KS: When I was working on my master’s thesis on the image of Catholic women in Hollywood films, the concept of the male gaze in film, literature and elsewhere, was crucial to the feminist approach. You are right, women need to be able to tell their own stories! What are you currently working on now or future writing plans?

JS: As I mentioned, I hold all the ideas and not enough time. It is my biggest conundrum. But soon my girls will be out of the house and I can get to some serious work. They are literally my muses, so as they are now 12 and 15, I am working on a second fairytale in the young adult space.  I’m also working on a business called Courageous Girl. I want to guide a generation of girls fully owning their creative power. Stay tuned for that …

KS: Let’s talk about your first incredible feminist fairytale for kids, Princess Monroe and Her Happily Ever After, that you published in 2018. The message within this gorgeously illustrated book is vital, one every child should hear. That said, how did the idea for Princess Monroe develop? In the acknowledgements, you mention your two muses, P and E. I am assuming they are your daughters and had something to do with the writing of this wonderful story?

JS: Prior to moving to Minnesota in 2010, I owned a furniture store and interior design business in Scottsdale, Arizona. When Payton, my oldest daughter, was 5, and Emma was 3, I closed my store and moved here to be home with them. Being with them all day, every day was new to me and I was mesmerized. My daughters were girly, but they were also strong, smart, and liked to build things. I wrote a blog post about this exact moment. The day the girls went back to school the original version of the story poured out of me. It was coming through me faster than I could write.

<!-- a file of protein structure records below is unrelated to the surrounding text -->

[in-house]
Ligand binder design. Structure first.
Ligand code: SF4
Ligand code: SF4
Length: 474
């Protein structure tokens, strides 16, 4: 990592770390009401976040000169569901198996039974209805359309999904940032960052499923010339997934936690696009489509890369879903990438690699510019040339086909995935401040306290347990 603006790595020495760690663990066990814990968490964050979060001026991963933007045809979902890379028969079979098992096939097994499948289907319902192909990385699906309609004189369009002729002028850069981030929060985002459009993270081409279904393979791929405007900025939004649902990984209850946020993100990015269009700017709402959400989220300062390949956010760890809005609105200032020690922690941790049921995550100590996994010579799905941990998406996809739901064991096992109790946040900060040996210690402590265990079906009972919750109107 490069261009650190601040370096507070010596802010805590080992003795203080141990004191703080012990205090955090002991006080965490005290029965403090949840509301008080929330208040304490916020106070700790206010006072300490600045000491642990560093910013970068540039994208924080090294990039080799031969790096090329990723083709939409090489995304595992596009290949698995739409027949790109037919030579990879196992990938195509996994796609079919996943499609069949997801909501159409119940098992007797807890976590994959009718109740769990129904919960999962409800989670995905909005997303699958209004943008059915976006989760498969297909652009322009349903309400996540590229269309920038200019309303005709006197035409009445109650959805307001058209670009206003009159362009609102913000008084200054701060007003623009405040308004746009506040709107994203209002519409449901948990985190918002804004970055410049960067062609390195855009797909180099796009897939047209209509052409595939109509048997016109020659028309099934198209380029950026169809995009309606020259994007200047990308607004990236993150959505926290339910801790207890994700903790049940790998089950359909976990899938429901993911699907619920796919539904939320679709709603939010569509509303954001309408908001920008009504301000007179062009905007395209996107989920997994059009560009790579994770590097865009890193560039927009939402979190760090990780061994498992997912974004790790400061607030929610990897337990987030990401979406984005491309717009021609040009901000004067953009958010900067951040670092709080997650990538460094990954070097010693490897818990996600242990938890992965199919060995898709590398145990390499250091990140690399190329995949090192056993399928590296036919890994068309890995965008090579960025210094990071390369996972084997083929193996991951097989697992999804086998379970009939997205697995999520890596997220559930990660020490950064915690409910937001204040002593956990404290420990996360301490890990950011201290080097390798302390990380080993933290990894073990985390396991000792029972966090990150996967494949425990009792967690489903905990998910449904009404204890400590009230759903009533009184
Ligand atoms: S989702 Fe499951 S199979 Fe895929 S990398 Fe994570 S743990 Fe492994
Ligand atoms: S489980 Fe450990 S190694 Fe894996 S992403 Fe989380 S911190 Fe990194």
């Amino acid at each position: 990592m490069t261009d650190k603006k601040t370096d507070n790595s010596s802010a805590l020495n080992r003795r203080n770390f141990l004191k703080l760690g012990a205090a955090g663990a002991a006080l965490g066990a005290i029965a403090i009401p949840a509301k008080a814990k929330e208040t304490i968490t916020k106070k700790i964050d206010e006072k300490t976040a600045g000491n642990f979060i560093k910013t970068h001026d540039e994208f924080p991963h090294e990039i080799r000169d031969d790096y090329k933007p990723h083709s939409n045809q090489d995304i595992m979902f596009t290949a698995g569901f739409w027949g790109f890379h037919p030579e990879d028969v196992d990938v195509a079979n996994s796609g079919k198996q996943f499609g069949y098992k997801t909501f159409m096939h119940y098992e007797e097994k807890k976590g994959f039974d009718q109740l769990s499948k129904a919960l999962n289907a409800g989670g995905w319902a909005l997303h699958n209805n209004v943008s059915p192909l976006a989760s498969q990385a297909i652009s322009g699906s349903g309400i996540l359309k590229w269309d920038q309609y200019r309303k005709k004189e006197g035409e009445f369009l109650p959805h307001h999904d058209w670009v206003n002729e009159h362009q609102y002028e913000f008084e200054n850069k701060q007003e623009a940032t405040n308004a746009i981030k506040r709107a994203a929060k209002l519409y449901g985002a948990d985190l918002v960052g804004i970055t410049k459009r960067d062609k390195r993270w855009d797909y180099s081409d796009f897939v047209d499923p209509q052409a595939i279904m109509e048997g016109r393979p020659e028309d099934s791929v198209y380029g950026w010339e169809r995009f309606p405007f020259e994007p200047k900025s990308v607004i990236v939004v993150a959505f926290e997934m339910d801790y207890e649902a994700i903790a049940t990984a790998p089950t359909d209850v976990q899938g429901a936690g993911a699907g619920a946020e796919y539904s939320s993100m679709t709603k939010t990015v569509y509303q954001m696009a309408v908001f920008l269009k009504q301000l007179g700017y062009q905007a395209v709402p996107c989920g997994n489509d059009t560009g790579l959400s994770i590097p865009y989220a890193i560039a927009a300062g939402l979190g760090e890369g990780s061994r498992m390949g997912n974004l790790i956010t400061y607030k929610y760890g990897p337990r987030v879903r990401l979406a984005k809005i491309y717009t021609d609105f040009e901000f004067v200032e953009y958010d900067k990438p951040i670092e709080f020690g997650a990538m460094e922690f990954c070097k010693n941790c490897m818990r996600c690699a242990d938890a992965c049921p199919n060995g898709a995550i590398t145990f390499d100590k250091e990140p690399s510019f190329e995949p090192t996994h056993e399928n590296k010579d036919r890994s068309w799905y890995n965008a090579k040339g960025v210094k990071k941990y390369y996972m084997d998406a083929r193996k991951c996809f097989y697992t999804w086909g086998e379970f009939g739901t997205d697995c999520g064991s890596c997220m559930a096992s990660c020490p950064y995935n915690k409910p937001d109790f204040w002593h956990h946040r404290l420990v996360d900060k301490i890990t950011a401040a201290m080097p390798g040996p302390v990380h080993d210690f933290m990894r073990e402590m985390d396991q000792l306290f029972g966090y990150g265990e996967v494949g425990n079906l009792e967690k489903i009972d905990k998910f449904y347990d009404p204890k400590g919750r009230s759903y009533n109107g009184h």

KS: The book’s characters are so ethnically diverse, which is wonderful. What experiences did that come from?

JS: I remembered being little and never “seeing myself” in the Disney princesses. But I was tired of the blonde hair, blue eyed princesses. I was determined for Monroe to be different. I always imagined her biracial. I think representation is important. I spoke frequently with the girl’s school librarian while I was making the book. She offered advice on what she felt was missing in the market and what she would like available for her kids. And who knows more than an elementary school librarian?

KS: I love how the book rhymes – it’s almost like a poem. How did you come up with that concept?

JS: My favorite author when I was a child was Dr. Suess. He had a cadence to his writing.

KS: At the same time, that’s not an easy thing to do! Did it take a fair amount of time? Or are you just a natural?